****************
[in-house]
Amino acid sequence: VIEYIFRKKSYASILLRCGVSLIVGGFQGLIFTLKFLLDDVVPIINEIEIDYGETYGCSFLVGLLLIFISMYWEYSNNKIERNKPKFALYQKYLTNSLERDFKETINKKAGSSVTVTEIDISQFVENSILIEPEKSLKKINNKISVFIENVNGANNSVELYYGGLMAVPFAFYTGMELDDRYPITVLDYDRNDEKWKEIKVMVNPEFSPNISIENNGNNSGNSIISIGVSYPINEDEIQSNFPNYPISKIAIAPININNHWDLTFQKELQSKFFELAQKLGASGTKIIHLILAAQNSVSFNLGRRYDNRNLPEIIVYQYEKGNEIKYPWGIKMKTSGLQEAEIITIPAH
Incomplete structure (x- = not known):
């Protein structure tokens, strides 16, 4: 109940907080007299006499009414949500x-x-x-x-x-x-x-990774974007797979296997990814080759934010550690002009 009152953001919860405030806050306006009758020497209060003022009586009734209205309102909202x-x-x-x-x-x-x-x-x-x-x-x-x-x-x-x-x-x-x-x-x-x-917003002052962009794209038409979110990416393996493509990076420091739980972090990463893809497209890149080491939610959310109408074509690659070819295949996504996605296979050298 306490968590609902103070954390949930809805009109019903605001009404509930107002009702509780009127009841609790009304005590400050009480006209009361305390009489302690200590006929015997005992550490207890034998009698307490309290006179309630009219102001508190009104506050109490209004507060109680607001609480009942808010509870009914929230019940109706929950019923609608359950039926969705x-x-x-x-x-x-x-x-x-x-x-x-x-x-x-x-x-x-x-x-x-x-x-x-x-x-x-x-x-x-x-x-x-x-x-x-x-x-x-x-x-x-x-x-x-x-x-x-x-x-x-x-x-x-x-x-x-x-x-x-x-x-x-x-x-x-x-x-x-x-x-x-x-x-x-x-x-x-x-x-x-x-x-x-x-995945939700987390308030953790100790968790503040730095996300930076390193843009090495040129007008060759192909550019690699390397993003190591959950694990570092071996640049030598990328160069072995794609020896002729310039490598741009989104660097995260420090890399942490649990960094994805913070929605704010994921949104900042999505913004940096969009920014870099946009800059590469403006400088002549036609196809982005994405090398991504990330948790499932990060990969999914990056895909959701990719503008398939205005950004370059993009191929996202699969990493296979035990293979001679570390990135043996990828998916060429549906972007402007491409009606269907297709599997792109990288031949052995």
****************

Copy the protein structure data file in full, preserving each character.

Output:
[in-house]
Amino acid sequence: VIEYIFRKKSYASILLRCGVSLIVGGFQGLIFTLKFLLDDVVPIINEIEIDYGETYGCSFLVGLLLIFISMYWEYSNNKIERNKPKFALYQKYLTNSLERDFKETINKKAGSSVTVTEIDISQFVENSILIEPEKSLKKINNKISVFIENVNGANNSVELYYGGLMAVPFAFYTGMELDDRYPITVLDYDRNDEKWKEIKVMVNPEFSPNISIENNGNNSGNSIISIGVSYPINEDEIQSNFPNYPISKIAIAPININNHWDLTFQKELQSKFFELAQKLGASGTKIIHLILAAQNSVSFNLGRRYDNRNLPEIIVYQYEKGNEIKYPWGIKMKTSGLQEAEIITIPAH
Incomplete structure (x- = not known):
């Protein structure tokens, strides 16, 4: 109940907080007299006499009414949500x-x-x-x-x-x-x-990774974007797979296997990814080759934010550690002009 009152953001919860405030806050306006009758020497209060003022009586009734209205309102909202x-x-x-x-x-x-x-x-x-x-x-x-x-x-x-x-x-x-x-x-x-x-917003002052962009794209038409979110990416393996493509990076420091739980972090990463893809497209890149080491939610959310109408074509690659070819295949996504996605296979050298 306490968590609902103070954390949930809805009109019903605001009404509930107002009702509780009127009841609790009304005590400050009480006209009361305390009489302690200590006929015997005992550490207890034998009698307490309290006179309630009219102001508190009104506050109490209004507060109680607001609480009942808010509870009914929230019940109706929950019923609608359950039926969705x-x-x-x-x-x-x-x-x-x-x-x-x-x-x-x-x-x-x-x-x-x-x-x-x-x-x-x-x-x-x-x-x-x-x-x-x-x-x-x-x-x-x-x-x-x-x-x-x-x-x-x-x-x-x-x-x-x-x-x-x-x-x-x-x-x-x-x-x-x-x-x-x-x-x-x-x-x-x-x-x-x-x-x-x-995945939700987390308030953790100790968790503040730095996300930076390193843009090495040129007008060759192909550019690699390397993003190591959950694990570092071996640049030598990328160069072995794609020896002729310039490598741009989104660097995260420090890399942490649990960094994805913070929605704010994921949104900042999505913004940096969009920014870099946009800059590469403006400088002549036609196809982005994405090398991504990330948790499932990060990969999914990056895909959701990719503008398939205005950004370059993009191929996202699969990493296979035990293979001679570390990135043996990828998916060429549906972007402007491409009606269907297709599997792109990288031949052995």